The new refrigerator seems to be working well so far, which is overnight, things are cold and the items in the freezer are frozen. It makes some noise, but less than the old model, so it is an improvement. Being energy star compliant, it uses a third less electricity annually, which might help marginally on the hydro bills.
Frankly, when a refrigerator saves $30.00 annually on a hydro bill, it isn’t going to make much difference to us or the environment. In my opinion most of the power guzzling is done by industry and commerce, so they are the ones that really need to look at trimming their carbon footprints. The residents of the whole township here could save 200 KWh a year on hydro, and it would still pale by comparison, if one industry in the township cut their consumption significantly. It seems to me the powers that be would have us believe we are doing something significant, when in fact we are not. I am sure that when we save energy we are facilitating conservation, but I doubt domestic use represents any significant electricity usage. I think these programs are a placebo, seeking to make the general populace feel as if they have agency. Just saying.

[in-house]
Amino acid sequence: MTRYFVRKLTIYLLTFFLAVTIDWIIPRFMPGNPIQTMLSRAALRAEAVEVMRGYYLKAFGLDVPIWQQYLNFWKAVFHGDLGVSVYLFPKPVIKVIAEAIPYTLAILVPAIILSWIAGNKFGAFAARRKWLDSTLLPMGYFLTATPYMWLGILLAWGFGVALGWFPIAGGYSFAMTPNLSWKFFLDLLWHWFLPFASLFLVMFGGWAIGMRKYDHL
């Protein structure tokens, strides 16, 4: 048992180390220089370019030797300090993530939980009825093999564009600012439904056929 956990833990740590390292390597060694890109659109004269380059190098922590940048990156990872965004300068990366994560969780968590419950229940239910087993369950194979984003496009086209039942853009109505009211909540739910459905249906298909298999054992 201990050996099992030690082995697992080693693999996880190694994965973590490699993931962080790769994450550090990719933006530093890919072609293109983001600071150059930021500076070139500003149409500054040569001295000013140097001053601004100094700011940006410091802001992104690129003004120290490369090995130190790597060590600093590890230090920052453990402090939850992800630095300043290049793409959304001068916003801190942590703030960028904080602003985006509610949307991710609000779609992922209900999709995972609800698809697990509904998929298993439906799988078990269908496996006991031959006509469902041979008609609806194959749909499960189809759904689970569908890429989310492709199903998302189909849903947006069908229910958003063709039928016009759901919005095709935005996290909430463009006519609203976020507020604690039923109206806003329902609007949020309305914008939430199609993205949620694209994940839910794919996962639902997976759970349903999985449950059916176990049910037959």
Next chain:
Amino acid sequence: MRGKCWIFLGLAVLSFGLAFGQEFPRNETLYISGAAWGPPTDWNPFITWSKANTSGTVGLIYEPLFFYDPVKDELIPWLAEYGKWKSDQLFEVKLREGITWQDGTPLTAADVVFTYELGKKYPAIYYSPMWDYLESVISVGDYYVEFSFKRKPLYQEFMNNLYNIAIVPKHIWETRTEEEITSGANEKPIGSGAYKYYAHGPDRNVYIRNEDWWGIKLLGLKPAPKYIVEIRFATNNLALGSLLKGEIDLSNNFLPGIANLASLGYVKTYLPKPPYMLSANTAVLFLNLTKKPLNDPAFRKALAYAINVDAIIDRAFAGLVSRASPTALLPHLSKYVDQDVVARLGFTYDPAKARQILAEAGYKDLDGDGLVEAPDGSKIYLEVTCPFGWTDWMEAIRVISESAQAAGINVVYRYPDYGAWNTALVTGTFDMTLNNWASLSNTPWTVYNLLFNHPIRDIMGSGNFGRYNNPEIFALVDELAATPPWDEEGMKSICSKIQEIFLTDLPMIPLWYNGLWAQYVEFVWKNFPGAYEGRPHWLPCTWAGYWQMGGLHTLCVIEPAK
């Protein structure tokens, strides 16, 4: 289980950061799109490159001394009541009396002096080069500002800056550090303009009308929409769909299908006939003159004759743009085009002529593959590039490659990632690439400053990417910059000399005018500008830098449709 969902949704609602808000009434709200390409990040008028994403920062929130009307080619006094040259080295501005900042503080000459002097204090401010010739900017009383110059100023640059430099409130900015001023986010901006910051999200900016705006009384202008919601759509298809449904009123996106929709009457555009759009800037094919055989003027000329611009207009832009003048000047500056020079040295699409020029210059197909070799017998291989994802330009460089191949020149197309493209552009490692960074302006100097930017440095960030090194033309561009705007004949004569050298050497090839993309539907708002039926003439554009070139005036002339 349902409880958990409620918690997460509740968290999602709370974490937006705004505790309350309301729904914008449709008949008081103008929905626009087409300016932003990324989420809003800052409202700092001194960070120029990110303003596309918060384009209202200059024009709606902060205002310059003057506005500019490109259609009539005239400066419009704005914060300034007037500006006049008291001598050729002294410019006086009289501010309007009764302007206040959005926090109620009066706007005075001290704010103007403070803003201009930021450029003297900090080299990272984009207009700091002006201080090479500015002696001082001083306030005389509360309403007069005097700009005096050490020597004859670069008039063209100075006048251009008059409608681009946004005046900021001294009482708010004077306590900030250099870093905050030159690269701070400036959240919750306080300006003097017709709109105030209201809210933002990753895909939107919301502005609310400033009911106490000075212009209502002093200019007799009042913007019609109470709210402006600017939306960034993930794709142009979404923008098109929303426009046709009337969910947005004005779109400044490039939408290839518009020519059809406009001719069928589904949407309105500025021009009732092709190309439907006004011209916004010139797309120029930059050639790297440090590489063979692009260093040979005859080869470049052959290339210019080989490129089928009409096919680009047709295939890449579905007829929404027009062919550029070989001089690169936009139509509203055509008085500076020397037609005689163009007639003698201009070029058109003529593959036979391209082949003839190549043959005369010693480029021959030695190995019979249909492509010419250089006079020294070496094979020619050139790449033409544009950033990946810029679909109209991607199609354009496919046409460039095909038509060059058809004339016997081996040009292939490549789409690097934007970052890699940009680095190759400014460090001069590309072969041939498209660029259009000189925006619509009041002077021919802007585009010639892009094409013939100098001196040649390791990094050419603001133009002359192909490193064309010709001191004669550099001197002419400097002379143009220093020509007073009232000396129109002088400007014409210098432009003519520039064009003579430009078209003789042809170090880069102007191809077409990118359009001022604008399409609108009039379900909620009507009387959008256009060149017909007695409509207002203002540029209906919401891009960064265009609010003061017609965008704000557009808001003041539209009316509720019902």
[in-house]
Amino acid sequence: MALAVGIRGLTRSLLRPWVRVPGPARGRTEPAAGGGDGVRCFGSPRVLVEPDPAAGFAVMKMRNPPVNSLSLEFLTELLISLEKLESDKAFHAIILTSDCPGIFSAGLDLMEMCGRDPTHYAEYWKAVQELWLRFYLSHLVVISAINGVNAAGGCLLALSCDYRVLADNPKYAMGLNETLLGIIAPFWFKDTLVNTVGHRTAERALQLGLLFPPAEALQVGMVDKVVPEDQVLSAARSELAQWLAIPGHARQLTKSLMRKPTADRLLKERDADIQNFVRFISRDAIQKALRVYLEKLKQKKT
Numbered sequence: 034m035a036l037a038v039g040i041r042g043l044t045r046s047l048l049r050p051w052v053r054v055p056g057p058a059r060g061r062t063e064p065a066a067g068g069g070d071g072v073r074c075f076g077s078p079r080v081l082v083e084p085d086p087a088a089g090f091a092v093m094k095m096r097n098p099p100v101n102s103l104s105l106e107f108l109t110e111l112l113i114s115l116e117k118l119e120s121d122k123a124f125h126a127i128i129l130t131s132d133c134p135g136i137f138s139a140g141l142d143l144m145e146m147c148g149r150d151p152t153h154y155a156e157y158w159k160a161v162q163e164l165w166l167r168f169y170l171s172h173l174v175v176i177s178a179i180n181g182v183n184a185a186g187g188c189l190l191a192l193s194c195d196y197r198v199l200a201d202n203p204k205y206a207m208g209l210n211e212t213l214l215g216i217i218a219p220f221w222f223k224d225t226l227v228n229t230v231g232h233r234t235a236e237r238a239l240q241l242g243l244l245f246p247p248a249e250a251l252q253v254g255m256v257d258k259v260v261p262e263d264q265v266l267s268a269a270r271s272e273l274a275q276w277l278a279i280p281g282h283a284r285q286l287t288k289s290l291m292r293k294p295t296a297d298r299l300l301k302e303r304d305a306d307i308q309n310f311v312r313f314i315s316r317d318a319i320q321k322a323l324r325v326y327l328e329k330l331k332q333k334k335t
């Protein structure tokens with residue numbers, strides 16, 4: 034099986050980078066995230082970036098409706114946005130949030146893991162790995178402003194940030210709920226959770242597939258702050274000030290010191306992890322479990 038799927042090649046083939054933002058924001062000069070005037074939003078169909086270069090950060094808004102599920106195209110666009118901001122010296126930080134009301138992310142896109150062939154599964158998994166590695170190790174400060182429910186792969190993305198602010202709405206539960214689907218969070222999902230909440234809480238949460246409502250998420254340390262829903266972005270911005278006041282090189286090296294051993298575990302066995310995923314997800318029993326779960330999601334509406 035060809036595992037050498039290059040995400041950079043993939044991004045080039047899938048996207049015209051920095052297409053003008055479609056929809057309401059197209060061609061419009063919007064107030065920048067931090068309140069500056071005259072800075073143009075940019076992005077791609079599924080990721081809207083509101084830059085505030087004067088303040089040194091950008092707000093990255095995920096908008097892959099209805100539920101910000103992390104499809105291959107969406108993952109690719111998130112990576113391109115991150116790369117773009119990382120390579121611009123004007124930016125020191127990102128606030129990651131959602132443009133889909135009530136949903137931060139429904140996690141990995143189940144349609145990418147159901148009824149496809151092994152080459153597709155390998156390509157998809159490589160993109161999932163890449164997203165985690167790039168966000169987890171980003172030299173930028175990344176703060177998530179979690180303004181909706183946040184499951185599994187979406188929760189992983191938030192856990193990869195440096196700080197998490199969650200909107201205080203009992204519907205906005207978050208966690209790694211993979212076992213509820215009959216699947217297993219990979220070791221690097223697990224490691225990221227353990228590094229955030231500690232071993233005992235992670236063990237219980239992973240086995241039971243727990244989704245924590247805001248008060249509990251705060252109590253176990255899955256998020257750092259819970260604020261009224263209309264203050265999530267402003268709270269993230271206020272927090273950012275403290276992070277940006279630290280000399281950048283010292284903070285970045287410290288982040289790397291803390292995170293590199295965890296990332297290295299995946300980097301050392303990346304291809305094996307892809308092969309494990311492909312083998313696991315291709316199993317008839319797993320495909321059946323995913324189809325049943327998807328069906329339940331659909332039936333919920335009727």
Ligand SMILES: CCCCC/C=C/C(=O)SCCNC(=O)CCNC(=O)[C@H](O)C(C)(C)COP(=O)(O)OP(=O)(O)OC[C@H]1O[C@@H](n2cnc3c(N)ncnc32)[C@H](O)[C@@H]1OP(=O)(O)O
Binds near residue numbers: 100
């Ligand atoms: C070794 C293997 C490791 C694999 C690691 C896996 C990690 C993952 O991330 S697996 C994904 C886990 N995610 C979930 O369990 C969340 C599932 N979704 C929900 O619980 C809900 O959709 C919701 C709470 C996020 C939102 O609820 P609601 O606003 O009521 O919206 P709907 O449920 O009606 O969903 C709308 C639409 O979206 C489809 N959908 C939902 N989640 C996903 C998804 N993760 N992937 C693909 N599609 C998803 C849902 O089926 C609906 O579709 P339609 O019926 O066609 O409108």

Today my to do list included a call to Ontario Hydro to see if we can have the old refrigerator picked up. Apparently not, it isn’t old enough, it has to be 20 years old, but it was built in 1995. It is too young for the program. The next call was to the local landfill, who will accept the old refrigerator for a fee of $23.00. We will need to borrow a truck to get it there, which can be tricky, but I think Attila will manage it. I will have to keep reminding him though, it won’t be high on his to do list. I would do it, but I do not have access to a truck, and even if I did, it would be a tough go getting that refrigerator in and out of the truck by myself.
The house is a tip! It is time to get all domestic. The next few days will be spent cleaning and organizing. Attila will be working on the drywall, ensuring that all the areas within child-reach are covered with drywall. Luna, Janus, and the Grandbabies will be visiting soon.